Online Tickets: Acropolis & Acropolis Museum
Tours: Acropolis & Acropolis Museum
I highly recommend doing a tour. Your visit will be much more interesting and memorable with a professional guide, and if you have kids they will likely be way more engaged by a professional guide than by their parents. (Sorry.) Also, all tours mentioned here include skip-the-line tickets, which saves time and hassle.
• Acropolis Tour (small group)
• Acropolis & Acropolis Museum Tour (small group)
• Acropolis Tour (private)
• Acropolis & Acropolis Museum Tour (private)
Acropolis Hours and Information
- Hours: 8am to 8pm daily in summer, 8am to 5pm daily in winter. Closed January 1, March 25, May 1, (Orthodox) Easter Sunday, December 25-26.
- Museum Hours: Summer hours are Monday – Thursday 9am to 5pm (last entry 4:30pm), Friday 9am to 10pm (last entry 9:30 pm), Saturday & Sunday 9am to 8pm (last entry 7:30 pm). Open daily in winter months from 9am to 5pm (last entry 4:30 pm).
- Website: odysseus.culture.gr
- Location: Central Athens
- Telephone: +30 210 9238747
- Admission Fee: €20 full admission, €10 reduced admission for children age 6-25 with passport verification year-round, and for all tickets from November through March. Children ages 5 and under are admitted free. €30 combo tickets include access to Acropolis, Ancient Agora, Roman Agora, Hadrians Library, Kerameikos, and Temple of Olympian Zeus. Combo tickets are not offered at reduced fare.
- Free Entry: March 6 (in memory of Melina Mercouri), April 18 (International Monuments Day), May 18 (International Museums Day), the last weekend of September annually (European Heritage Days), October 28, every first Sunday of the month from November 1st to March 31st.
- Parking: Street parking, nearby pay lots.
- Nearest Metro: Acropoli
The Acropolis in Athens
- The Acropolis is one of the most recognized sites in the world and an enduring symbol of Ancient Greece. (The Acropolis is a must-see and definitely one of the best things to do in Athens.)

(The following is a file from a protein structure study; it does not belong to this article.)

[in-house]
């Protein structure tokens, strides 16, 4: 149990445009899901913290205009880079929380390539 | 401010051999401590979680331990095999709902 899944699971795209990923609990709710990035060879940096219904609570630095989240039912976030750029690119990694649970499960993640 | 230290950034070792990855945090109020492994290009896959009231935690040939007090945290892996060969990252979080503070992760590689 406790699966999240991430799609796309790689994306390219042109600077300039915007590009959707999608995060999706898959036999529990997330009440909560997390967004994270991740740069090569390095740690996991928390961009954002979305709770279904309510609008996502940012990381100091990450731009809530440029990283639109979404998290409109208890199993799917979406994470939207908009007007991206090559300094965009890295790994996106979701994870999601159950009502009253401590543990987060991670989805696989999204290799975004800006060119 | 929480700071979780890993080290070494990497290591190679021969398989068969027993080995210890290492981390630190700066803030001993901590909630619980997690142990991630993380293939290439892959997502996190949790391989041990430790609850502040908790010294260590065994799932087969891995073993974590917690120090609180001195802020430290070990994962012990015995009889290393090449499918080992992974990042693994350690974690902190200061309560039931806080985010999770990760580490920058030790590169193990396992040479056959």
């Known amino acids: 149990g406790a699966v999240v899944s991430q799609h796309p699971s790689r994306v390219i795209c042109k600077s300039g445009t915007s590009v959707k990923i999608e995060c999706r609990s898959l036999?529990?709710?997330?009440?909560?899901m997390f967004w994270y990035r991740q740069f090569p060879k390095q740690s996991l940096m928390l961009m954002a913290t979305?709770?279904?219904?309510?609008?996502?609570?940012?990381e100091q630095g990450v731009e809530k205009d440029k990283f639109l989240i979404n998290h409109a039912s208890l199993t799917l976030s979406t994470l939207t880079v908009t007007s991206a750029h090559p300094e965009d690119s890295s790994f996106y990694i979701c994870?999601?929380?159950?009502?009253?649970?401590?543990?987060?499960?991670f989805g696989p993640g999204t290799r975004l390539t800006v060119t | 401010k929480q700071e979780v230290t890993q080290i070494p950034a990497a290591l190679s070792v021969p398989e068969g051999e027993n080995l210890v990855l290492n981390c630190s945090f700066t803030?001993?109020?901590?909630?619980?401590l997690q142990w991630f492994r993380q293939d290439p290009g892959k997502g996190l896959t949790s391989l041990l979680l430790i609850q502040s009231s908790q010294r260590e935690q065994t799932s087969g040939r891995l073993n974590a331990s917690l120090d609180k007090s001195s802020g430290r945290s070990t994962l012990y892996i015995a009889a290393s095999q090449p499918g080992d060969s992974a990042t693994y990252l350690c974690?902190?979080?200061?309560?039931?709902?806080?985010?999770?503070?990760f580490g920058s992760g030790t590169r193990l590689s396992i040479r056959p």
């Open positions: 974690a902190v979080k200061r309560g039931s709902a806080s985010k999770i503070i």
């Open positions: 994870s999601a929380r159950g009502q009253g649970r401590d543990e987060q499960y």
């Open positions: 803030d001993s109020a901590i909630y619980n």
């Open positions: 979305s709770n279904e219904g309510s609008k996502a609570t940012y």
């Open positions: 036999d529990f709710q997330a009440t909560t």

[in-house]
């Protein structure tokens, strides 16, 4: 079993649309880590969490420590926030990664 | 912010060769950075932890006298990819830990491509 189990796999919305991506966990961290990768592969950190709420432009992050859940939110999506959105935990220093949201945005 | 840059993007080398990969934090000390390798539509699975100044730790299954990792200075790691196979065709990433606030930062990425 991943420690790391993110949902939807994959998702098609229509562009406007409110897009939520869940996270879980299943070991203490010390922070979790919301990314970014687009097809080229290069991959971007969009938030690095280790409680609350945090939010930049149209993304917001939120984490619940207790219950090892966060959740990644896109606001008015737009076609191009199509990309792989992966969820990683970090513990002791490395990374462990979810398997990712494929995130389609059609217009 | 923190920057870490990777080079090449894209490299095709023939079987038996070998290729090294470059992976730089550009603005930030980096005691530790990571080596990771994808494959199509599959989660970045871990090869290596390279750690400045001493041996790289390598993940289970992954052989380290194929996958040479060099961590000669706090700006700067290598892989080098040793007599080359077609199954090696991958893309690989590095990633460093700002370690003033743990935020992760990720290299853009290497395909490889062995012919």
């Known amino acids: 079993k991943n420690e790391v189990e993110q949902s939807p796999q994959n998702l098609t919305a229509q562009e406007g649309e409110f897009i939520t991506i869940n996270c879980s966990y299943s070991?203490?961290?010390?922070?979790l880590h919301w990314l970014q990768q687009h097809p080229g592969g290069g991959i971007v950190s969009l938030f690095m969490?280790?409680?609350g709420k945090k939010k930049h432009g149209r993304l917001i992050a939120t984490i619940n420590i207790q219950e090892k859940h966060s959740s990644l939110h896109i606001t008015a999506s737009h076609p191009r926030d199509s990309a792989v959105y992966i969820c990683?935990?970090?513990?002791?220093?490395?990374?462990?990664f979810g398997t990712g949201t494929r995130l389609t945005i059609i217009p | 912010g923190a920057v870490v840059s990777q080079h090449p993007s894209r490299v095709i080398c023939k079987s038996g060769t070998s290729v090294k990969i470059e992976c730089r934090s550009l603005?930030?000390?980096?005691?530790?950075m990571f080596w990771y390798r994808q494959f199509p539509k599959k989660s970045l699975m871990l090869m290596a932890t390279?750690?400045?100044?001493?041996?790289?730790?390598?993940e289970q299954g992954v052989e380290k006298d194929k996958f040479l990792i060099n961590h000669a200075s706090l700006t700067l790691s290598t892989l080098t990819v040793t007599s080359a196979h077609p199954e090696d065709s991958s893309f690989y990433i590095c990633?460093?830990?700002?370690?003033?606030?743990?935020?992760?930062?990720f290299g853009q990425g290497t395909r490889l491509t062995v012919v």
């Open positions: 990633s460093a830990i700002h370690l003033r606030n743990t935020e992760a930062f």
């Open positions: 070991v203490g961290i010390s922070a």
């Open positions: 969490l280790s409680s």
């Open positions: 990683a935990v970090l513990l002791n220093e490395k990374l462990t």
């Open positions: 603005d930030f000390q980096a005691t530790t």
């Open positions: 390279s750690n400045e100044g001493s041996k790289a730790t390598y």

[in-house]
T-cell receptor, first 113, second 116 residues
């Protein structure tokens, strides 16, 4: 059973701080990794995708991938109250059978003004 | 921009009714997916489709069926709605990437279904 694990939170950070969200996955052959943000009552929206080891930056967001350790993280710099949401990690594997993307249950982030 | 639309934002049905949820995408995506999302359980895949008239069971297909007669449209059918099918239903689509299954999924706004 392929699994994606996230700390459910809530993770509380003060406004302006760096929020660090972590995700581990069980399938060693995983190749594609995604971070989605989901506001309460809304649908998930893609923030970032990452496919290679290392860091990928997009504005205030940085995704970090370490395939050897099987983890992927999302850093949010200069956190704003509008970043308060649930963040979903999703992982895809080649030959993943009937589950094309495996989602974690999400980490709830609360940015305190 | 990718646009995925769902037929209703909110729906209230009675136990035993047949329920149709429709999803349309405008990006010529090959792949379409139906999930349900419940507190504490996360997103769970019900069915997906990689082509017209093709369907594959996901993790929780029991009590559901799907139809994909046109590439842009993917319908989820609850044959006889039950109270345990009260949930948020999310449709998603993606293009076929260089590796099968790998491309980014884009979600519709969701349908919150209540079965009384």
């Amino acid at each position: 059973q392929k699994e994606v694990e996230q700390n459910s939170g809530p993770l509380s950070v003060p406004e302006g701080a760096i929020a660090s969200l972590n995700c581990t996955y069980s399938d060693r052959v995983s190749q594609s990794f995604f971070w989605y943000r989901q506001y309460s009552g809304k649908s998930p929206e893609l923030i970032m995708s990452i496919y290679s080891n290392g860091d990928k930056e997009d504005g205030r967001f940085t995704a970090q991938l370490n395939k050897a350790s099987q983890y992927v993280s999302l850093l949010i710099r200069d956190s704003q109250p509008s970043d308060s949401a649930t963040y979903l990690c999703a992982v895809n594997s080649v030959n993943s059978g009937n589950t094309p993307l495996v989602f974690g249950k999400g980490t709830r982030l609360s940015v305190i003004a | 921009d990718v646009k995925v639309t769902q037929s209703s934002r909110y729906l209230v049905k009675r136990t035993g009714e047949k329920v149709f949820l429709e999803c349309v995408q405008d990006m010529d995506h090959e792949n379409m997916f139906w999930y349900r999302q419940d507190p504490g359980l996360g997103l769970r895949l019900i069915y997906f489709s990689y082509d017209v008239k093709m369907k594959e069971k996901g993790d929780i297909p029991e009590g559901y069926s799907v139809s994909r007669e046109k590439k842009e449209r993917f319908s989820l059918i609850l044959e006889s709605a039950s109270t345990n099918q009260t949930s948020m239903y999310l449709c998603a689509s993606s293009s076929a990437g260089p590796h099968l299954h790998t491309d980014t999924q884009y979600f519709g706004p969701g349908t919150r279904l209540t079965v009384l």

- The Acropolis Museum is a wonderful complement to the Parthenon and Acropolis. This fantastic and modern archaeological museum is just 15 years old and was built to house every artifact found on the Acropolis and surrounding slopes, from the Greek Bronze Age to Roman and Byzantine Athens. If you’re interested in the museum (and you should be) then I recommend combining visits to both sites by doing the Acropolis and Acropolis Museum guided tour.
- The Acropolis is an ancient fortress built in the 5th century BC and sits on a hill above Athens. It’s home to several ancient buildings of historical and architectural significance, the most famous being the Parthenon. Other buildings include the Temple of Erechtheion, the Temple of Athena Nike, and the nearby theatre of Odeon of Herodeion.
- The word Acropolis is from the Greek words akro, meaning “high, extreme, or edge” and polis, meaning “city”. The term acropolis is generic and there are many other acropolises in Greece. The Acropolis of Athens has the most historical significance so it’s known as “The” Acropolis.
- The closest metro station to the Acropolis is Akropoli, about 30 meters away from the site’s main entrance. (Though there are still many more stairs up to the top of the hill).
Prominent structures on the Athens Acropolis